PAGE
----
I have and use a Drill Doctor 500X. It works great on standard twist drills with either 118 or 135 degree point angles, either HSS or exotics such as carbide, cobalt and TIN-coated, plus masonry bits. You can do split-points, too. A handy feature is that you can adjust how aggressive the grind is, so that if all you want to do is freshen up a bit you can do it with relatively little metal being taken off, or make it more aggressive for an extremely dull bit or for one whose point angle you want to change. Sharpening is quick and easy and consistent, once you are practiced at loading the bit into the holder. Watch the video demo on the web site to see how it works.
The manufacturer claims that it sharpens bits from 3/32" to 1/2", but I use it only on bits larger than 1/8" since it's hard to keep from grinding a negative rake angle at those smaller sizes. When I dull a small bit I just throw it away and replace it.
What it won't do is brad-point bits. The way I handle that is to have two sets - one of the highest quality I can afford, which I treat very carefully, and another inexpensive set that I use in less demanding circumstances or when there's any risk of damaging a point.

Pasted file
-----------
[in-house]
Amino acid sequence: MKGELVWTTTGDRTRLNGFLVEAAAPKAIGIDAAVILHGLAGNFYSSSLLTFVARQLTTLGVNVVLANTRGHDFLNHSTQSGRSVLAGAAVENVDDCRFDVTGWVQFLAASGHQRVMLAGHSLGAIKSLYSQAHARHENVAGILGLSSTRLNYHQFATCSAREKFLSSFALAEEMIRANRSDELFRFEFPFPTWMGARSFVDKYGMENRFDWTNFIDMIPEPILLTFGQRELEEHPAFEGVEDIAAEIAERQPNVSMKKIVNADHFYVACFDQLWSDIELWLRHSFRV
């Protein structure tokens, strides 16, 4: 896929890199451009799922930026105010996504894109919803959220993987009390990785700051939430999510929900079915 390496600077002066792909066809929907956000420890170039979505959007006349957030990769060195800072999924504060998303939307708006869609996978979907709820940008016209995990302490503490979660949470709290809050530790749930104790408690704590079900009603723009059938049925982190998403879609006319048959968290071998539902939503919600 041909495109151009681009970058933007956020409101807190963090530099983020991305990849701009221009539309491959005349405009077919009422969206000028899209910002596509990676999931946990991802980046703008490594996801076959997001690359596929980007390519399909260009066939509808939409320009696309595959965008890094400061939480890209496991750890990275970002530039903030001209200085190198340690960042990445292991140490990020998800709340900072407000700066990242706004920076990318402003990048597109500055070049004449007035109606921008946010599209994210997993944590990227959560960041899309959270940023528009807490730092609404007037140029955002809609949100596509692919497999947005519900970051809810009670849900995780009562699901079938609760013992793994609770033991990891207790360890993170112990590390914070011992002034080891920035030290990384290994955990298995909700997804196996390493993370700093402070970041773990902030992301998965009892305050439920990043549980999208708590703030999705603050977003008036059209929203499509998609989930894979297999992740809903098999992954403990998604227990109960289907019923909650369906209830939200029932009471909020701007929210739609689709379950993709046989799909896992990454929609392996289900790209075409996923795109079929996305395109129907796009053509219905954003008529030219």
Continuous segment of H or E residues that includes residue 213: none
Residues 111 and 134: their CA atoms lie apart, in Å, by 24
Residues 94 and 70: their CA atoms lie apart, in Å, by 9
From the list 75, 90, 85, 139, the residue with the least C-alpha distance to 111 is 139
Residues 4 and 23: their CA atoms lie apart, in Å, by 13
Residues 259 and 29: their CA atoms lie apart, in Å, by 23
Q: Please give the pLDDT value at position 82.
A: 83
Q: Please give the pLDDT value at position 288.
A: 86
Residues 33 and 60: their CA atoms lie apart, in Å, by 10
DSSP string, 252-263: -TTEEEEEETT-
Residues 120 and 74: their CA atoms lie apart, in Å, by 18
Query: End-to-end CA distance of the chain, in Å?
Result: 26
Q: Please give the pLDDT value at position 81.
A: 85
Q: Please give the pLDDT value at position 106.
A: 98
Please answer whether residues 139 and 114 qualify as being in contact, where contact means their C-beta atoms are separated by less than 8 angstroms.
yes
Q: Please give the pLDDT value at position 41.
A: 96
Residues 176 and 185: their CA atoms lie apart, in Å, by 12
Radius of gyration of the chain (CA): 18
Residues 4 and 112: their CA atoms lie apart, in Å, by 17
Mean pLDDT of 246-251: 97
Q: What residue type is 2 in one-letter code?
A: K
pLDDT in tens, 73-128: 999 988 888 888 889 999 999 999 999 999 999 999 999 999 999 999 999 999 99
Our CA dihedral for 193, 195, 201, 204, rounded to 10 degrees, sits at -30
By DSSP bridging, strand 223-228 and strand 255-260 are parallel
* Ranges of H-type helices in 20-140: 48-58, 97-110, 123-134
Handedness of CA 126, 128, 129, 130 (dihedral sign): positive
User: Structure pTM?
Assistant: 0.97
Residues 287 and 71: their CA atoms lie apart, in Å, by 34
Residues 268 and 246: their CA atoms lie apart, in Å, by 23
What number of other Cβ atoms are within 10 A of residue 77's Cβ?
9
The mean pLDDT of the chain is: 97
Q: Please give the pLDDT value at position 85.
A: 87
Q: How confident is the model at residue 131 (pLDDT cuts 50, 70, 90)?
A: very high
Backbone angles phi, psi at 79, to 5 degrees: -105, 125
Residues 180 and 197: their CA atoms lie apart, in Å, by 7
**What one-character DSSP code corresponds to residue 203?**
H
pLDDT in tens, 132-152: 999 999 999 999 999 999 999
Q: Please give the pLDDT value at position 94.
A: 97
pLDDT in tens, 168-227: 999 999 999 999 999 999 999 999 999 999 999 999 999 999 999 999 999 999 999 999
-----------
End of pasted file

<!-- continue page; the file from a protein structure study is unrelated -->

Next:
Amazon has it for $99.99. The 750X is the same except that it goes up to 3/4".
I have no financial interest in the company - I just like the tool.
Tom
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On 3/20/2015 11:42 AM, tdacon wrote:

LOL, that is me. I just about keep my Colt 5 star bits under lock and key. I have several other sets that get used for questionable material of if there is the slightest possibility I might hit a screw.

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That might do ok on some. Let me mention what I did. I have one of the plastic units and it is a 3/4" size. I had a 3/4" drill that was chipped. Useless. I ground it on the unit - and cleaned up the drill so it was safe to use. Then I had ground flats on it - as the cone grind wasn't handy - as it touched metal at all times. But preforming drills is good. Splitting points is good. Has done more good than bad for me.
Martin
On 3/20/2015 7:11 AM, Sonny wrote:

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I should learn how to better sharpen, by hand, on a grinding wheel. I'm getting more lazy, these days, looking for the easiest way out of doing work, in less time. The Drill Dr option looks promising, probably for most of my dull bits.
Sonny